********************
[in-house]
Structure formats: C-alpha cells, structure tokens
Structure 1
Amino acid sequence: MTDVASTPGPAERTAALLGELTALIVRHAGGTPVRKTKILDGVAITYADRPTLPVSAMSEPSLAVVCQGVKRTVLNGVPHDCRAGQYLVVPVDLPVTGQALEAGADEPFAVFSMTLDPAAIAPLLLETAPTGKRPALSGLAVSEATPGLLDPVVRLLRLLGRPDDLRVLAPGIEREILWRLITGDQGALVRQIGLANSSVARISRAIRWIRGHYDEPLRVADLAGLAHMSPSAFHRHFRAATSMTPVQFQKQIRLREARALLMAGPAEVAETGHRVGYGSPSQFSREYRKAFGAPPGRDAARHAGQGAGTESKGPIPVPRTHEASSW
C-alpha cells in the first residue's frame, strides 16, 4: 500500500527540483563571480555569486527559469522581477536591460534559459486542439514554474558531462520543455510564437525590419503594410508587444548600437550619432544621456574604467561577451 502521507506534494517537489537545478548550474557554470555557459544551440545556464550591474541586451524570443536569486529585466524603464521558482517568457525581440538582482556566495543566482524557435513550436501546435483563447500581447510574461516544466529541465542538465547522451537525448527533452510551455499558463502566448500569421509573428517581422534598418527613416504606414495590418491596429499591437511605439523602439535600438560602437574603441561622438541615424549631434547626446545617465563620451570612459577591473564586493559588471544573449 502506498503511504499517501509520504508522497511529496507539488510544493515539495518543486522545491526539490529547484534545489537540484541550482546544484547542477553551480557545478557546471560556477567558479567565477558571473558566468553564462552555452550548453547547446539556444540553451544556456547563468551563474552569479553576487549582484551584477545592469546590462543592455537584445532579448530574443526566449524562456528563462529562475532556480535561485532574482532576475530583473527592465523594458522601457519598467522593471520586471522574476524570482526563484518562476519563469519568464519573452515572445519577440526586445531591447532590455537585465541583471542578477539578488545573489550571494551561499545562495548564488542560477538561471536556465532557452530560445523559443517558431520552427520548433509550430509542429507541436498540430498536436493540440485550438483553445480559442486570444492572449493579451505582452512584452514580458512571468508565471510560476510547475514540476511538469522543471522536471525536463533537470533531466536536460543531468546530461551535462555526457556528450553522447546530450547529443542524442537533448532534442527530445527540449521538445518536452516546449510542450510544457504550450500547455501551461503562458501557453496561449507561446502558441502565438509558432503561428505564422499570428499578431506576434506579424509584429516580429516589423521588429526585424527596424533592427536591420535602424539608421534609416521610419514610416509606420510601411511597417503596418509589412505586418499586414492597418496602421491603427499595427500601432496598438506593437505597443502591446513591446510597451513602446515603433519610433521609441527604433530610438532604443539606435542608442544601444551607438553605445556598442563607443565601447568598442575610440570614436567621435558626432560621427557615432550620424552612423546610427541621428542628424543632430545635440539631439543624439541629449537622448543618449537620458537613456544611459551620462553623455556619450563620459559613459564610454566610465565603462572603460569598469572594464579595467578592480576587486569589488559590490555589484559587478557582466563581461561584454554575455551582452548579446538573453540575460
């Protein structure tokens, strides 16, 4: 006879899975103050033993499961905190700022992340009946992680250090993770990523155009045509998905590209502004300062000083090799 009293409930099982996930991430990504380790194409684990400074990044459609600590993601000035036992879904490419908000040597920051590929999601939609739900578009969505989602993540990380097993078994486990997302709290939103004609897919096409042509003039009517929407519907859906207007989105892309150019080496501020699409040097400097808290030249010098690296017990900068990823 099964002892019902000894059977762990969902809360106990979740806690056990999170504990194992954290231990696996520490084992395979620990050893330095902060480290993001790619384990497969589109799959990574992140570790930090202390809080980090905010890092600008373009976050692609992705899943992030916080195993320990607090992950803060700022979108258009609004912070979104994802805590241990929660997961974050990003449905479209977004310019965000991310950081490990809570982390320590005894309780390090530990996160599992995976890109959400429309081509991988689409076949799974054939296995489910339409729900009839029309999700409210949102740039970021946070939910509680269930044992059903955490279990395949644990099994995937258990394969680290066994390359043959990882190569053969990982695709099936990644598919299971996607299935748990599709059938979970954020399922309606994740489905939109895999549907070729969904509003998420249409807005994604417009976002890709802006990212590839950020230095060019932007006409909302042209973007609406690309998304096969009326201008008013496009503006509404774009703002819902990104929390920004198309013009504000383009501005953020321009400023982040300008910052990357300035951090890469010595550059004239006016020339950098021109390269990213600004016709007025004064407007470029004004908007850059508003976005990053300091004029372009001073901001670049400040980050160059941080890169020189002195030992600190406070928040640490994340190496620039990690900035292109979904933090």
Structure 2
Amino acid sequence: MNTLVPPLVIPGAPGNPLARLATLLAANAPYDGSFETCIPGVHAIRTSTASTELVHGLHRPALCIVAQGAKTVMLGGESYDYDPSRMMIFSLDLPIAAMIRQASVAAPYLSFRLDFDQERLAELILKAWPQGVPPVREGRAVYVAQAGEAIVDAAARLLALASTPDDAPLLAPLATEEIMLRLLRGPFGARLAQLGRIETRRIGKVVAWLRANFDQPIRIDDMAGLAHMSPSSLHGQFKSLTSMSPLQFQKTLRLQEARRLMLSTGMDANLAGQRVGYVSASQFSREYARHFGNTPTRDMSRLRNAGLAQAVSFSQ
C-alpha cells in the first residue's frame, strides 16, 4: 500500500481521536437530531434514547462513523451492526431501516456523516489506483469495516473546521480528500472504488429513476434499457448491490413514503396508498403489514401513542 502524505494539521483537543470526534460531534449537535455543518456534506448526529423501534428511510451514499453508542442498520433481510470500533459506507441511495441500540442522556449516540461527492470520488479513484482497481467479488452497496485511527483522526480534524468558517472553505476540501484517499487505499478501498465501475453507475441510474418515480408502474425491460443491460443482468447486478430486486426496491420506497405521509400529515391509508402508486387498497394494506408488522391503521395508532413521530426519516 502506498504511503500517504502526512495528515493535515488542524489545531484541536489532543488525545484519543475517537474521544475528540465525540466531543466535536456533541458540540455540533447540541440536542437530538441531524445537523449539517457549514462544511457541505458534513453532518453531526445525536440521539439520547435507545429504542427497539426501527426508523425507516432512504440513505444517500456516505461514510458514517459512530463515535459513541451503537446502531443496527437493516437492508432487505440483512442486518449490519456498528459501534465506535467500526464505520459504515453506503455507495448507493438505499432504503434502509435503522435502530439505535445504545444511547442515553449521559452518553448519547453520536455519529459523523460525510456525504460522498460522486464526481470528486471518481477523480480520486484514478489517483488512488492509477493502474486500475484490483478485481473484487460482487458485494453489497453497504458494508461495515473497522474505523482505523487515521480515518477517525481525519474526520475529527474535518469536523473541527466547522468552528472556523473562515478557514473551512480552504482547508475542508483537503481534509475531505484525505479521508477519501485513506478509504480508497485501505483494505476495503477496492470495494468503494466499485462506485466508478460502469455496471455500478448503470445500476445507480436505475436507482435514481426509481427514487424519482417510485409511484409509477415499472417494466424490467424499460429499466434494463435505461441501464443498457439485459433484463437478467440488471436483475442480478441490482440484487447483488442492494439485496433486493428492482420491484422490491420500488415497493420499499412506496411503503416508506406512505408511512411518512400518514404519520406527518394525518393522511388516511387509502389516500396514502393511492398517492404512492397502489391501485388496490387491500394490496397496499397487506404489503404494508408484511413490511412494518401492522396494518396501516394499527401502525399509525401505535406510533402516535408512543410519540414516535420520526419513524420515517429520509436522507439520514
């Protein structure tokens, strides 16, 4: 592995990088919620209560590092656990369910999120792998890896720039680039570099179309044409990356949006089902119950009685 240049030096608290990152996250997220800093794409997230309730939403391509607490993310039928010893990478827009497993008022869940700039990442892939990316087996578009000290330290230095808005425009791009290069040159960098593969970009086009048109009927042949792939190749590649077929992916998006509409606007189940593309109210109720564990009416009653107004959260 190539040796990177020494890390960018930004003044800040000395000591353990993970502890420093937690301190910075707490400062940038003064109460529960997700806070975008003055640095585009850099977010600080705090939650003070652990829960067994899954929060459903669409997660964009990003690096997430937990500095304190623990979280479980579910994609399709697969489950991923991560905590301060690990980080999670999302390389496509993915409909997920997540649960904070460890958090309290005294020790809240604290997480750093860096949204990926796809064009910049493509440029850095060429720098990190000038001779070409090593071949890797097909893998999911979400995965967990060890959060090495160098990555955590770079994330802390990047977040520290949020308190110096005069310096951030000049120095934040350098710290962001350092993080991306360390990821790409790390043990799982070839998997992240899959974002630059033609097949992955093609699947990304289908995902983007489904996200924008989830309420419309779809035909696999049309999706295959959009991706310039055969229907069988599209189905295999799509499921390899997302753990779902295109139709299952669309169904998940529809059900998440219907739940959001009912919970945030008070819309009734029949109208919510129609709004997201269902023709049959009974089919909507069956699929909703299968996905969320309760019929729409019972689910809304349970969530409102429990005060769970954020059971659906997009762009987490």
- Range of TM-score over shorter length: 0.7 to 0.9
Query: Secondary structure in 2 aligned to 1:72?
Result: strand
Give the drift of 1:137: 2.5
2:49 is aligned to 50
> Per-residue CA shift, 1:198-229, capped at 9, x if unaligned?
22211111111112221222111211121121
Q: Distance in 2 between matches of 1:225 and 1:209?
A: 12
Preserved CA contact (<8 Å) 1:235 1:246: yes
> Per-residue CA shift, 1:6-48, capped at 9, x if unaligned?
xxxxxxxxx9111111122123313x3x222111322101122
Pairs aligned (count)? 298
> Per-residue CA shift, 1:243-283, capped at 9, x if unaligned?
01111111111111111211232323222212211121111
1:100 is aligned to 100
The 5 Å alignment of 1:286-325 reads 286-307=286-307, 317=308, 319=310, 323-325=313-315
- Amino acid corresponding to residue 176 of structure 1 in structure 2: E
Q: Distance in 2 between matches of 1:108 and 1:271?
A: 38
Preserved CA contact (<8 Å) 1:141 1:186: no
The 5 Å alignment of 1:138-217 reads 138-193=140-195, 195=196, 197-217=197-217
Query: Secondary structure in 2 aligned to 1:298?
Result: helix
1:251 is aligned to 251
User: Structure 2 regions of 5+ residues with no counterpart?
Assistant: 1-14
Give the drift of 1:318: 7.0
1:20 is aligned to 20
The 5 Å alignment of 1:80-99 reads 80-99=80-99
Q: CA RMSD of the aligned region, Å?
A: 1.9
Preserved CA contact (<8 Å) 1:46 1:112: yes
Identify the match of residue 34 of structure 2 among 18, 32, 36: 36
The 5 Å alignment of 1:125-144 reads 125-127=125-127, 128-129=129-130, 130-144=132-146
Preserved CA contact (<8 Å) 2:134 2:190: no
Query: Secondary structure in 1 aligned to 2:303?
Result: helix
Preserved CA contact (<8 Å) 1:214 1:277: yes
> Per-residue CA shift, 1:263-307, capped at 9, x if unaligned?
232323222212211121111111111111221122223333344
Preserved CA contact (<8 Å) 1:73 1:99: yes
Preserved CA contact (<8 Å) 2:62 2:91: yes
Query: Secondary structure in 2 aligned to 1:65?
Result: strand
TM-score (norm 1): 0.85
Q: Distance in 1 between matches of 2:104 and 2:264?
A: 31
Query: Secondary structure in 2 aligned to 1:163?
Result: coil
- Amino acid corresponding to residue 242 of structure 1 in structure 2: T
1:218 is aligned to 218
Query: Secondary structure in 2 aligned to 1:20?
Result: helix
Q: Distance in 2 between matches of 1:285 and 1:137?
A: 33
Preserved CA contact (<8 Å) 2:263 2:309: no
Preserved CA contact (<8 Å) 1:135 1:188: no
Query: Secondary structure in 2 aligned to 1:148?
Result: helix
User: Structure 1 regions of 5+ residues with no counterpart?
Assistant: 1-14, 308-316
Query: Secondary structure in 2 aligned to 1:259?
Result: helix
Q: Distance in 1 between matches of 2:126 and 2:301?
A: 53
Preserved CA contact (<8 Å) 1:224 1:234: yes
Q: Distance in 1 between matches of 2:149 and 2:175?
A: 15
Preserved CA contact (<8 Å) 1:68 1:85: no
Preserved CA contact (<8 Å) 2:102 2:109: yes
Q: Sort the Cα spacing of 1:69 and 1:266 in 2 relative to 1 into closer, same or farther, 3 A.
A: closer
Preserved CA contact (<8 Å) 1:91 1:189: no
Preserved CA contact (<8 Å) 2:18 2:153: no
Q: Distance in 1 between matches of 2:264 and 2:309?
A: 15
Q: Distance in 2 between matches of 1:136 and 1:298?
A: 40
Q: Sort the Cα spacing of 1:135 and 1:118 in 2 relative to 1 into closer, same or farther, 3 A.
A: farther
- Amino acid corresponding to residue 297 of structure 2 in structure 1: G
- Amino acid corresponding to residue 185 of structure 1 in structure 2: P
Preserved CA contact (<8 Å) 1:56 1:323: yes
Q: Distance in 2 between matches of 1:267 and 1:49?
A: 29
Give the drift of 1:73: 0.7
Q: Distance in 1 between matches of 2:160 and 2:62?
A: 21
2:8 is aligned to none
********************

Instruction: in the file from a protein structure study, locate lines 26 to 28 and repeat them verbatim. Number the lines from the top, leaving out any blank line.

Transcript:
1:100 is aligned to 100
The 5 Å alignment of 1:286-325 reads 286-307=286-307, 317=308, 319=310, 323-325=313-315
- Amino acid corresponding to residue 176 of structure 1 in structure 2: E